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In this urgent, exclusive interview for Rattling the Bars, Mansa Musa speaks with Carla J. Simmons from inside the Georgia prison system, as well as Page Dukes of the Southern Center for Human Rights. Simmons, who has been incarcerated since 2004, recently published an article in Scalawag magazine on the irreparable psychological damage our inhumane system of mass incarceration inflicts on incarcerated people, prison staff, and the communities returning citizens re-enter upon their release. “There needs to be accountability for the psychological damage caused by incarceration as more and more members of society experience it, for longer periods of time,” Simmons writes. “If society upholds the pretense that jails and prisons act as a rehabilitative service, we must consider what condition these people will be in when they re-enter society.”

You can find Carla’s artwork at the Justice Arts Coalition.

Pre-Production: Frances Madeson, Kayla Rivara, Cameron Granadino
Studio/Post-Production: Cameron Granadino


Mansa Musa:  Welcome to this edition of Rattling the Bars. I’m Mansa Musa, co-hosting with Eddie Conway. And as I always do, I’ll update you on Eddie Conway. We ask that you continue to have Eddie Conway in your prayers or whatever medium that you use to invoke a spirituality towards humanity. We ask that you channel that towards Eddie Conway as Eddie Conway recovers through this journey that he’s undergoing right now.

Today we have Carla Simmons, who is making a phone call from prison, and this is not an easy task. So we ask our audience to really pay attention to this subject matter because it’s important. She’s been incarcerated for 20 years. She recently wrote an article entitled “Sentenced to Trauma: Inside the Volatility and Disorder of Prison”. It was published in the Scalawag magazine. Scalawag is a leftist organization that has the agenda of abolishing prisons, humanizing people that’s coming out of prison, and challenging capitalism as we know it.

Welcome, Carla. First of all, why would you take on such a monumental subject? And second of all, why do you think people in society should care about what a person undergoes in prison mentally?

Carla Simmons:  So why I would take on it is monumental, but it’s the thing that I’m most passionate about, the thing that I have been most deeply affected by. So I have experienced all of these different afflictions throughout my incarceration, and trying to soul search and improve myself and survive my experience. I’ve dug down to the root of each of my struggles, and at the bottom of each one I find an aspect of trauma, a way that I have been damaged or affected negatively, in the way that trauma is understood by science, which I’m also extremely interested in. So I feel like it is a very, very important topic. It’s very close to my heart. And also, if I had a career dream or a goal, it would be to research trauma and to work with the Center for Disease Control and really bring to light the science and what incarceration does to the physical mind.

Mansa Musa:  Why do you think, and I’m just asking this question more so for the purpose of educating our audience, why do you think people in society should care about the mental… We’re talking about an environment that creates such oppressive and dehumanizing events and circumstances that, mentally, a person lacks the ability to be able to make the necessary adjustment, therefore they suffer some type of traumatic experience and recognize that it has a physiological impact on them. But why should people in society care about –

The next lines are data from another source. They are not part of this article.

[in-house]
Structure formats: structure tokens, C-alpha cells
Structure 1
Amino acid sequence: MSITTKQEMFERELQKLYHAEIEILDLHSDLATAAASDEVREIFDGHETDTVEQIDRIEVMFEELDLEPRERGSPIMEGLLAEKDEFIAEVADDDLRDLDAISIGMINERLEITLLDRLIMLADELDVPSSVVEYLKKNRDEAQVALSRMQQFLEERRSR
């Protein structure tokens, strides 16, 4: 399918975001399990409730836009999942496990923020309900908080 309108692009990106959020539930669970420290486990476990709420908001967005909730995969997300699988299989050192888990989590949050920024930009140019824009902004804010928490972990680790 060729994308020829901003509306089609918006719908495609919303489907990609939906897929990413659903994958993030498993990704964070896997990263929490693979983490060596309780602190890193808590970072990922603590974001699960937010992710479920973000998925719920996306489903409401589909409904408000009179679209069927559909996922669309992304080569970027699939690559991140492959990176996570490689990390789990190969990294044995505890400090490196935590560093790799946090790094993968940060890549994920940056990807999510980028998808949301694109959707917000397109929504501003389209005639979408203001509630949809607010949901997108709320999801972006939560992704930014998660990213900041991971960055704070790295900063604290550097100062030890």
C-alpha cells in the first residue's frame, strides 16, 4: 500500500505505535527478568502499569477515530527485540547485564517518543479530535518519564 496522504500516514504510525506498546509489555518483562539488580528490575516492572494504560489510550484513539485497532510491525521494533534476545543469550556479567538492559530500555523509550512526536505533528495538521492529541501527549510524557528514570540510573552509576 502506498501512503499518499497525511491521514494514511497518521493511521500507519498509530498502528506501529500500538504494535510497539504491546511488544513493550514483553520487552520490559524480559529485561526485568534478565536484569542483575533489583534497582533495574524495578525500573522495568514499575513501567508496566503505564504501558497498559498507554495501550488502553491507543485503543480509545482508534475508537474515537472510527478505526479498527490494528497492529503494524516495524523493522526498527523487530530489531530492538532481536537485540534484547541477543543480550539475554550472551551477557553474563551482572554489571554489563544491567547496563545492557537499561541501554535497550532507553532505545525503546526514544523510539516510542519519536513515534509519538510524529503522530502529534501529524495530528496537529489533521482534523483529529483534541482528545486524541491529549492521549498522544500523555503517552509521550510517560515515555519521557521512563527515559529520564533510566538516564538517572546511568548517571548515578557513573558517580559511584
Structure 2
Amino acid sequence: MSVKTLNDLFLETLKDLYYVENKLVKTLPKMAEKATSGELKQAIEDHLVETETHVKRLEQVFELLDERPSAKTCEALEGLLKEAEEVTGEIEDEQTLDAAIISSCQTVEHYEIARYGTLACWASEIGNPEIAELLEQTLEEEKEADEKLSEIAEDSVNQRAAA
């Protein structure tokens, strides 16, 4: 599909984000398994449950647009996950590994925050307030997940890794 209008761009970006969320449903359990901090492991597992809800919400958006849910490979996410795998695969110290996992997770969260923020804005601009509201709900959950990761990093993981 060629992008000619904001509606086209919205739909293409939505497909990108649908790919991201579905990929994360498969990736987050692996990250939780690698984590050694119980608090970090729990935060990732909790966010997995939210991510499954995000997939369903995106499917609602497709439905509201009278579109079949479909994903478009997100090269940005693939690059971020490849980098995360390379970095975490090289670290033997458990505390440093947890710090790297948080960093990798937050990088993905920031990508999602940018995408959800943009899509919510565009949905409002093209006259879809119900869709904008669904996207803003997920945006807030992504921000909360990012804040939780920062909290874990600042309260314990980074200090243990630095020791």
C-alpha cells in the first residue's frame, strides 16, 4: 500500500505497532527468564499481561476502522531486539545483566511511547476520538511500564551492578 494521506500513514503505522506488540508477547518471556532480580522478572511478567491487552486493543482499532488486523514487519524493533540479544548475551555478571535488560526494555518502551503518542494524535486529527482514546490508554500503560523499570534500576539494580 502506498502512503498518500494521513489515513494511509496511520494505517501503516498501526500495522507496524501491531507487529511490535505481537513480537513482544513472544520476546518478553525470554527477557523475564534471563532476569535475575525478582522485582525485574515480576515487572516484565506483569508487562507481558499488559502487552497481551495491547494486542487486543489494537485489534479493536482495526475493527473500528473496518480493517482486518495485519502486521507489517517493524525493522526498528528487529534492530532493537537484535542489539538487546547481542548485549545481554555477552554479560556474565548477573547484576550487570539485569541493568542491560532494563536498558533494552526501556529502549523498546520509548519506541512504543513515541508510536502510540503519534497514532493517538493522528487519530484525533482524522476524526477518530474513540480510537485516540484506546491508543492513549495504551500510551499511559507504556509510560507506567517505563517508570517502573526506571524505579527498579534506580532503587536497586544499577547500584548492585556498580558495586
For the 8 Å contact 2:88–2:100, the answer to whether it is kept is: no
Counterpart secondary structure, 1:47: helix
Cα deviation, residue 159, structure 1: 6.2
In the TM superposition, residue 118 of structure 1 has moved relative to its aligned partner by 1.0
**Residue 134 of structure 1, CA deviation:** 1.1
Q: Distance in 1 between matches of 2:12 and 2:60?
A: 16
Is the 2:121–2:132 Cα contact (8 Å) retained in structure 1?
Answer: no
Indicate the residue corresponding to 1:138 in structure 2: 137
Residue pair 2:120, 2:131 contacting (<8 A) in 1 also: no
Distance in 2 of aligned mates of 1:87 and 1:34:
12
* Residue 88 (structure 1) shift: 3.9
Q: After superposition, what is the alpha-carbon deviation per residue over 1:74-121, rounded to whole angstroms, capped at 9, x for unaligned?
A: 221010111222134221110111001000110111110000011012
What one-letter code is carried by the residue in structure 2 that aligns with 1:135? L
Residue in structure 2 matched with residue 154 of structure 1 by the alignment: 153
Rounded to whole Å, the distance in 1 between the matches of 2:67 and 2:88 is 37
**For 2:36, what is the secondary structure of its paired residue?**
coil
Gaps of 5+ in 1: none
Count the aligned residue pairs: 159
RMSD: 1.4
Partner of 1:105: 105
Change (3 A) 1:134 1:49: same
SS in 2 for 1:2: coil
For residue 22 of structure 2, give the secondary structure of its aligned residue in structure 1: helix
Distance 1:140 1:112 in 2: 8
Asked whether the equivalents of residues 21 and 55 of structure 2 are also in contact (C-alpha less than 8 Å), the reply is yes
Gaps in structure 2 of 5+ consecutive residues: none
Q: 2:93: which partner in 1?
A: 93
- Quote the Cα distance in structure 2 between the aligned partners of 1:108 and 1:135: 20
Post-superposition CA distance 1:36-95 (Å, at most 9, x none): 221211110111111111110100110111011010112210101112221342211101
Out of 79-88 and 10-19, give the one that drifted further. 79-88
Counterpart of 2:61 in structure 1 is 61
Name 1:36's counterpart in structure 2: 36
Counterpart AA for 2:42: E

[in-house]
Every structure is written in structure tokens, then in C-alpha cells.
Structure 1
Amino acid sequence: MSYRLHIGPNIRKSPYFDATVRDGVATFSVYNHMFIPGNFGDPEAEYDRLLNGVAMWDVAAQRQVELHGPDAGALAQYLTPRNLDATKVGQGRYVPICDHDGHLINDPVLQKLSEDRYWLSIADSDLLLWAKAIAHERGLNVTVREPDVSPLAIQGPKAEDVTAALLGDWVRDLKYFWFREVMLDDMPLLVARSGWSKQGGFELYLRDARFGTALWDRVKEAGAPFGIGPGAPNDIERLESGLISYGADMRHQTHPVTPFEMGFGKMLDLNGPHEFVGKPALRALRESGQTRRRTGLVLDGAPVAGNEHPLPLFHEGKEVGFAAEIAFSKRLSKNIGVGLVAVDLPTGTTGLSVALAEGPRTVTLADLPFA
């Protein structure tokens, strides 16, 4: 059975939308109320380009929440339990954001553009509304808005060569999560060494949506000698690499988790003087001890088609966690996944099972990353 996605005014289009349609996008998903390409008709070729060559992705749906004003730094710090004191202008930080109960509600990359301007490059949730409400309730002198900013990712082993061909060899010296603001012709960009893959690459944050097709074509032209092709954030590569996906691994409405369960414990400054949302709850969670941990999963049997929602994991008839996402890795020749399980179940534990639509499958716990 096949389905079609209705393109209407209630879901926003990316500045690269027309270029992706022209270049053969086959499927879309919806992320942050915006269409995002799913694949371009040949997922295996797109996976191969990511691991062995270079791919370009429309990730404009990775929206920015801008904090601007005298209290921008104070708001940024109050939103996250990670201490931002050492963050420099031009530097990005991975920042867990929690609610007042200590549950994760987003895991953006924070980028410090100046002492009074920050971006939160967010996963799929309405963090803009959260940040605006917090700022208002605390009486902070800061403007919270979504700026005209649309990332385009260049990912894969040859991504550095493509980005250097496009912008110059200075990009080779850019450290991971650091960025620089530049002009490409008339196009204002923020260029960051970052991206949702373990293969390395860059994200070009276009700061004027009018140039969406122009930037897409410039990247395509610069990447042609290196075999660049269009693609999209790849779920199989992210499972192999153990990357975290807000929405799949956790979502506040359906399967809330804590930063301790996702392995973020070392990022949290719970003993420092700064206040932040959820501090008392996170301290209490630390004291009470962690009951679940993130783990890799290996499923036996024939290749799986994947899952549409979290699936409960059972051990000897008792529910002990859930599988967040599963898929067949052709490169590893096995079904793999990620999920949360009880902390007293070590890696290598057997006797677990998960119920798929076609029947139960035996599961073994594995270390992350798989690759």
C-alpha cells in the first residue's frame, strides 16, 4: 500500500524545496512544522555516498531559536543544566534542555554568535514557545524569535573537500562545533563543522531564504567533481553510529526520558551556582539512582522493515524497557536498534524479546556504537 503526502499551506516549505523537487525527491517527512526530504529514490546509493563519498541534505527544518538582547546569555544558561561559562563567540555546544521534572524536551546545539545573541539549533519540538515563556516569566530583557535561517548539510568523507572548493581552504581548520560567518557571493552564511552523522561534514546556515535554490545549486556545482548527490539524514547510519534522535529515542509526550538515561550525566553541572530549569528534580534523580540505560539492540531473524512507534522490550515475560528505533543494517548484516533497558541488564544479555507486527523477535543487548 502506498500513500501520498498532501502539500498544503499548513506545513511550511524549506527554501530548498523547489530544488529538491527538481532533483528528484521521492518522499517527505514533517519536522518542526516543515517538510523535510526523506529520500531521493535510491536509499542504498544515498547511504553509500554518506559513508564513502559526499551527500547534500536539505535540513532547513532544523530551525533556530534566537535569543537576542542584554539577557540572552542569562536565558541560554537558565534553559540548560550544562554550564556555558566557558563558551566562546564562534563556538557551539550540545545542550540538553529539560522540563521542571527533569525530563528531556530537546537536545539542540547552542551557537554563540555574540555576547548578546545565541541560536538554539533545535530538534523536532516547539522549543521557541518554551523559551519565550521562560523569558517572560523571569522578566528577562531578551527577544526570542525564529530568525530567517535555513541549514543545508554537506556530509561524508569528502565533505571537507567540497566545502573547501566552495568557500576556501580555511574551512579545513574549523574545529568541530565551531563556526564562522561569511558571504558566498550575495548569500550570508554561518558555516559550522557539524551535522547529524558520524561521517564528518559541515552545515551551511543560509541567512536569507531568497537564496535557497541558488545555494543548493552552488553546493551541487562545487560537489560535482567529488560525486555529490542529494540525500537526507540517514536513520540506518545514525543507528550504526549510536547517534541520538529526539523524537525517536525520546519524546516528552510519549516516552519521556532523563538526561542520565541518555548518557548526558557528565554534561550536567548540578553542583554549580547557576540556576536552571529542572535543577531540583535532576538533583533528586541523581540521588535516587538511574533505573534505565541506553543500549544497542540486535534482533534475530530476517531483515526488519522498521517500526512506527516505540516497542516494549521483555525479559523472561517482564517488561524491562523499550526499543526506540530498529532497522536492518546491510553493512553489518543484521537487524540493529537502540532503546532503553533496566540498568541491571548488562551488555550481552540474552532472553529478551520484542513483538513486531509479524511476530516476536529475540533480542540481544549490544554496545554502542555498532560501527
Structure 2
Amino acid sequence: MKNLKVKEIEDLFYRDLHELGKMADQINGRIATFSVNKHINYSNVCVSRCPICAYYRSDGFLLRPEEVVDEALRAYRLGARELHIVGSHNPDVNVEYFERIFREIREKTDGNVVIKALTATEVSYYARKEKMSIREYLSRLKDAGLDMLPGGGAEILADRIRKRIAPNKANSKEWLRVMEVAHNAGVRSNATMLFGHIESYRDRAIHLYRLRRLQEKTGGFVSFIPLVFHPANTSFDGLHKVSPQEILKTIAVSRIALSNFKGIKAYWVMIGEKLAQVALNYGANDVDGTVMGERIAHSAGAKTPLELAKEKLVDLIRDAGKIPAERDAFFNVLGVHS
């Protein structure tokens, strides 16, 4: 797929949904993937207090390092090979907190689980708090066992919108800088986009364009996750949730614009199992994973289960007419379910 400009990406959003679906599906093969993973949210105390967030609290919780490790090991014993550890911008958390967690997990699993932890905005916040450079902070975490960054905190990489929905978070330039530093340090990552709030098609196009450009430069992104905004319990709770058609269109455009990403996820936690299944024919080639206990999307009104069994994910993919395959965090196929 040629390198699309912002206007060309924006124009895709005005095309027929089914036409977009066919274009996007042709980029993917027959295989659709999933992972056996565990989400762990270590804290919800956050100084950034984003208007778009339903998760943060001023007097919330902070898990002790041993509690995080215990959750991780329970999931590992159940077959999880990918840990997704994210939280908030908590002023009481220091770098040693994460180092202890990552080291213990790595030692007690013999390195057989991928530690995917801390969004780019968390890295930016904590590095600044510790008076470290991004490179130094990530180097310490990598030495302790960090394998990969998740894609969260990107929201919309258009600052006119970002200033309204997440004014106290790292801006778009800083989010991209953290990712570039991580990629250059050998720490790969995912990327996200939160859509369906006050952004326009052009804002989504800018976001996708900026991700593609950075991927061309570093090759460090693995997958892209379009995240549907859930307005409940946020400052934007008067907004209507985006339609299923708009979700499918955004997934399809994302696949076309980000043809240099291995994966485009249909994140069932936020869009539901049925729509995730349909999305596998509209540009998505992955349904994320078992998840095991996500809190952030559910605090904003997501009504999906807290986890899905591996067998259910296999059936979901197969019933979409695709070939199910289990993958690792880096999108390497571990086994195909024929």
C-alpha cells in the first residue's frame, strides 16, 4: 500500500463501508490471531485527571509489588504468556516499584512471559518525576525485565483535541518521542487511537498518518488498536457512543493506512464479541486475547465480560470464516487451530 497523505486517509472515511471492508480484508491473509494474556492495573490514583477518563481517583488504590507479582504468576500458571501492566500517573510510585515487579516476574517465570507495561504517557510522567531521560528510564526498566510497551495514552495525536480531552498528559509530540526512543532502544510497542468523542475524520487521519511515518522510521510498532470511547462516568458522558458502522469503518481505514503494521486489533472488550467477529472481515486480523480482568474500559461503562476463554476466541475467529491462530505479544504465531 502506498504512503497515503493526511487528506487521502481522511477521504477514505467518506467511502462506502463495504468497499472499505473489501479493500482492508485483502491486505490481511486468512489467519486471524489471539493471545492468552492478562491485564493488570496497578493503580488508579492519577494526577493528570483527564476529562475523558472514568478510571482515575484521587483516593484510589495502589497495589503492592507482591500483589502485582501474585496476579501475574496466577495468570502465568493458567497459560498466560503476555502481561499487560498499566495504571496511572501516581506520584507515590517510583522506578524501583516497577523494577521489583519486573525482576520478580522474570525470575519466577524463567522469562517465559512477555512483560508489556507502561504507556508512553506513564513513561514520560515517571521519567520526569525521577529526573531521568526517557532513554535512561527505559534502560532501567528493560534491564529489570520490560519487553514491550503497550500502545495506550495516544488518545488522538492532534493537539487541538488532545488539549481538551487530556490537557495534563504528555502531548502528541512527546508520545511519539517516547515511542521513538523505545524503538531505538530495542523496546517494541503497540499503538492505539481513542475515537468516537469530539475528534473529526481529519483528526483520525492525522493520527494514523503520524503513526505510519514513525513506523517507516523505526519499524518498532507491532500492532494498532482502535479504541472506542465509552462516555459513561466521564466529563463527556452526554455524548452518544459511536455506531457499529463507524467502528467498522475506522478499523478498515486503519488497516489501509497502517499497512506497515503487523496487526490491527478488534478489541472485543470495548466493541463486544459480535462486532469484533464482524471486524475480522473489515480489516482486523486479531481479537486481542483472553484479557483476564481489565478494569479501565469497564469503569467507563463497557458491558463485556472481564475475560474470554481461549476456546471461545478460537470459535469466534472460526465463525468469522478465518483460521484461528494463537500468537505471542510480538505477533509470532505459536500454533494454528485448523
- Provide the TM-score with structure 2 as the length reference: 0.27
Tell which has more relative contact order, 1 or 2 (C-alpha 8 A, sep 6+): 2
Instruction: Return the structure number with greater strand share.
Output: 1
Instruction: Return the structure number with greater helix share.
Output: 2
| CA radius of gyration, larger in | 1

Carla Simmons:  Right. Yes, sir.

Mansa Musa:  The mental –

Carla Simmons:  It’s so important, and I could think of a lot of reasons why we should care about the humanity of individuals and their health and wellbeing. But from the perspective of society, I think that what they could focus on would be that most people understand the carceral system to be a system that intends to reintegrate its population back into society. And so we could go on and on about all the ways the system fails to prepare people for that, whether it be job skills, social skills, emotional intelligence, and whatnot. So not only does it neglect to provide people those things that would be really helpful and beneficial to society, it damages people, making it harder to see the results or success that they’re looking for with re-entry. So if you expect to understand that 90-something% of them will reenter society, we should be very, very concerned about their mental state when they get there.

Mansa Musa:  All right. Now, in your article you wrote that it’s a different type of trauma that comes from long-term imprisonment, because here in your analysis that you was making about trauma in particular, was more specifically the impact that it has on long-term imprisonment. You saying that it’s a different type of trauma that comes from long-term imprisonment. How so?

Carla Simmons:  Yes, sir. So the one thing is that there’s science behind that. So we have a parasympathetic and a sympathetic nervous system. And the sympathetic nervous system works like the gas. It’s the thing that triggers our bodies that says that we are in danger. And so when you have a one-time traumatic event, like you’re in a natural disaster or a bad car accident or some sort of an assault, your body hits the gas because it’s in danger, and it’s providing you with what you need to know, fight or flight responses. And then when the event is over with your parasympathetic nervous system [inaudible]